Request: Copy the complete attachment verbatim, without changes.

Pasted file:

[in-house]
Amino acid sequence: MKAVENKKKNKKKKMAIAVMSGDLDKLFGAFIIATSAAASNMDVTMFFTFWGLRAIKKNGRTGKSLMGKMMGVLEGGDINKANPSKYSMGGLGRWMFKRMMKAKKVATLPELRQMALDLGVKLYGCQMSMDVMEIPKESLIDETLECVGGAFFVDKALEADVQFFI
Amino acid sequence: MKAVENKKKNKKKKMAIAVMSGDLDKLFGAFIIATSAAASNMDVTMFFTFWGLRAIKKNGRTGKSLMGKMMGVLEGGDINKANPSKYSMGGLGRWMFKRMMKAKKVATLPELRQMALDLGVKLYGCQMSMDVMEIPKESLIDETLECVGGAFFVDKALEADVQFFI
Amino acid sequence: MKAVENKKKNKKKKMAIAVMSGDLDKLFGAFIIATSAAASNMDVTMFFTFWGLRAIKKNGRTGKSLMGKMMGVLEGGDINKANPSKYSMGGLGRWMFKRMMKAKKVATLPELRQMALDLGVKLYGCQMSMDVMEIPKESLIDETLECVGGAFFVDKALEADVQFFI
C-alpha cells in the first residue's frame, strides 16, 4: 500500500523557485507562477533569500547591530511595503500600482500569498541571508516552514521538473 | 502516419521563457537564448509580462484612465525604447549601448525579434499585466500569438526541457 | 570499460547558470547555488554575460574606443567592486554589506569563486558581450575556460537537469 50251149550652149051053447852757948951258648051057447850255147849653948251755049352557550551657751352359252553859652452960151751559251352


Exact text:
[in-house]
Amino acid sequence: MKAVENKKKNKKKKMAIAVMSGDLDKLFGAFIIATSAAASNMDVTMFFTFWGLRAIKKNGRTGKSLMGKMMGVLEGGDINKANPSKYSMGGLGRWMFKRMMKAKKVATLPELRQMALDLGVKLYGCQMSMDVMEIPKESLIDETLECVGGAFFVDKALEADVQFFI
Amino acid sequence: MKAVENKKKNKKKKMAIAVMSGDLDKLFGAFIIATSAAASNMDVTMFFTFWGLRAIKKNGRTGKSLMGKMMGVLEGGDINKANPSKYSMGGLGRWMFKRMMKAKKVATLPELRQMALDLGVKLYGCQMSMDVMEIPKESLIDETLECVGGAFFVDKALEADVQFFI
Amino acid sequence: MKAVENKKKNKKKKMAIAVMSGDLDKLFGAFIIATSAAASNMDVTMFFTFWGLRAIKKNGRTGKSLMGKMMGVLEGGDINKANPSKYSMGGLGRWMFKRMMKAKKVATLPELRQMALDLGVKLYGCQMSMDVMEIPKESLIDETLECVGGAFFVDKALEADVQFFI
C-alpha cells in the first residue's frame, strides 16, 4: 500500500523557485507562477533569500547591530511595503500600482500569498541571508516552514521538473 | 502516419521563457537564448509580462484612465525604447549601448525579434499585466500569438526541457 | 570499460547558470547555488554575460574606443567592486554589506569563486558581450575556460537537469 50251149550652149051053447852757948951258648051057447850255147849653948251755049352557550551657751352359252553859652452960151751559251352